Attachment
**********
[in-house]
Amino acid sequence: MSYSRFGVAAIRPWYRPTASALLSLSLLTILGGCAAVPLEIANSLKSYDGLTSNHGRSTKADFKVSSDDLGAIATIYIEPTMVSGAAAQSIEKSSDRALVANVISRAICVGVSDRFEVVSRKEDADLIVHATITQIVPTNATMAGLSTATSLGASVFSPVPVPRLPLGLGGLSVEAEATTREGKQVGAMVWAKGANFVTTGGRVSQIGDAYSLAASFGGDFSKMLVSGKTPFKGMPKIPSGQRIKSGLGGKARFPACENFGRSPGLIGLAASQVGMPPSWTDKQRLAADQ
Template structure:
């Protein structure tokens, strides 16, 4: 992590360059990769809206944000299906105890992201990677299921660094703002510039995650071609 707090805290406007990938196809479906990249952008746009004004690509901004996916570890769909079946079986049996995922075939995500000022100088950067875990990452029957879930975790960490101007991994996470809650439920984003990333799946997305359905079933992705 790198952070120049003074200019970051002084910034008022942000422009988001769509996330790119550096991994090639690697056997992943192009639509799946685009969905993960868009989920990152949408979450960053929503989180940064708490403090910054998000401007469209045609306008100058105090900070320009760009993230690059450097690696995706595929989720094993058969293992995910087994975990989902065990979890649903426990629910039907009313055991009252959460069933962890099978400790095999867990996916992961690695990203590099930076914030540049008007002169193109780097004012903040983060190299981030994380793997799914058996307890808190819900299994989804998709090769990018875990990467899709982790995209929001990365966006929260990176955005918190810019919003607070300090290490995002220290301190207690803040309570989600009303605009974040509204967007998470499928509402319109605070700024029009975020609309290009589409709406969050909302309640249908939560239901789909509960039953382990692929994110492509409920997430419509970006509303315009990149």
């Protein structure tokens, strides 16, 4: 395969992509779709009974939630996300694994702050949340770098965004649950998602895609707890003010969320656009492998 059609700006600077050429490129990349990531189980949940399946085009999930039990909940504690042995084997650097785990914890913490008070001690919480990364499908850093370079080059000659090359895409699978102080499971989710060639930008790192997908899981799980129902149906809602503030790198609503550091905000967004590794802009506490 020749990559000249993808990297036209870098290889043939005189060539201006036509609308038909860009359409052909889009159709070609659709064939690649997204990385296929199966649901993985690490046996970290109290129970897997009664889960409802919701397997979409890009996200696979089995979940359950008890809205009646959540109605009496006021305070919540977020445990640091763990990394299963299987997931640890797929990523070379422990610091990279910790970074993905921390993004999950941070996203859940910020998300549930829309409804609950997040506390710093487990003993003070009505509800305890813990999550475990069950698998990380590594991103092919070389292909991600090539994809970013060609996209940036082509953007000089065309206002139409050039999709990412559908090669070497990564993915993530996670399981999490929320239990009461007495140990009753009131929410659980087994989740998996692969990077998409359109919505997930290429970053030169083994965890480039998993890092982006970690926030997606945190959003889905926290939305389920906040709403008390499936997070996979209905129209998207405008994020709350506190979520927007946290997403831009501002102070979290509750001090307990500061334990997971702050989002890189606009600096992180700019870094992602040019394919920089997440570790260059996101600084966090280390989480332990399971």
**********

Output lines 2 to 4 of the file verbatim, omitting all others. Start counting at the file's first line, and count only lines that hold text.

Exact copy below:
Amino acid sequence: MSYSRFGVAAIRPWYRPTASALLSLSLLTILGGCAAVPLEIANSLKSYDGLTSNHGRSTKADFKVSSDDLGAIATIYIEPTMVSGAAAQSIEKSSDRALVANVISRAICVGVSDRFEVVSRKEDADLIVHATITQIVPTNATMAGLSTATSLGASVFSPVPVPRLPLGLGGLSVEAEATTREGKQVGAMVWAKGANFVTTGGRVSQIGDAYSLAASFGGDFSKMLVSGKTPFKGMPKIPSGQRIKSGLGGKARFPACENFGRSPGLIGLAASQVGMPPSWTDKQRLAADQ
Template structure:
């Protein structure tokens, strides 16, 4: 992590360059990769809206944000299906105890992201990677299921660094703002510039995650071609 707090805290406007990938196809479906990249952008746009004004690509901004996916570890769909079946079986049996995922075939995500000022100088950067875990990452029957879930975790960490101007991994996470809650439920984003990333799946997305359905079933992705 790198952070120049003074200019970051002084910034008022942000422009988001769509996330790119550096991994090639690697056997992943192009639509799946685009969905993960868009989920990152949408979450960053929503989180940064708490403090910054998000401007469209045609306008100058105090900070320009760009993230690059450097690696995706595929989720094993058969293992995910087994975990989902065990979890649903426990629910039907009313055991009252959460069933962890099978400790095999867990996916992961690695990203590099930076914030540049008007002169193109780097004012903040983060190299981030994380793997799914058996307890808190819900299994989804998709090769990018875990990467899709982790995209929001990365966006929260990176955005918190810019919003607070300090290490995002220290301190207690803040309570989600009303605009974040509204967007998470499928509402319109605070700024029009975020609309290009589409709406969050909302309640249908939560239901789909509960039953382990692929994110492509409920997430419509970006509303315009990149």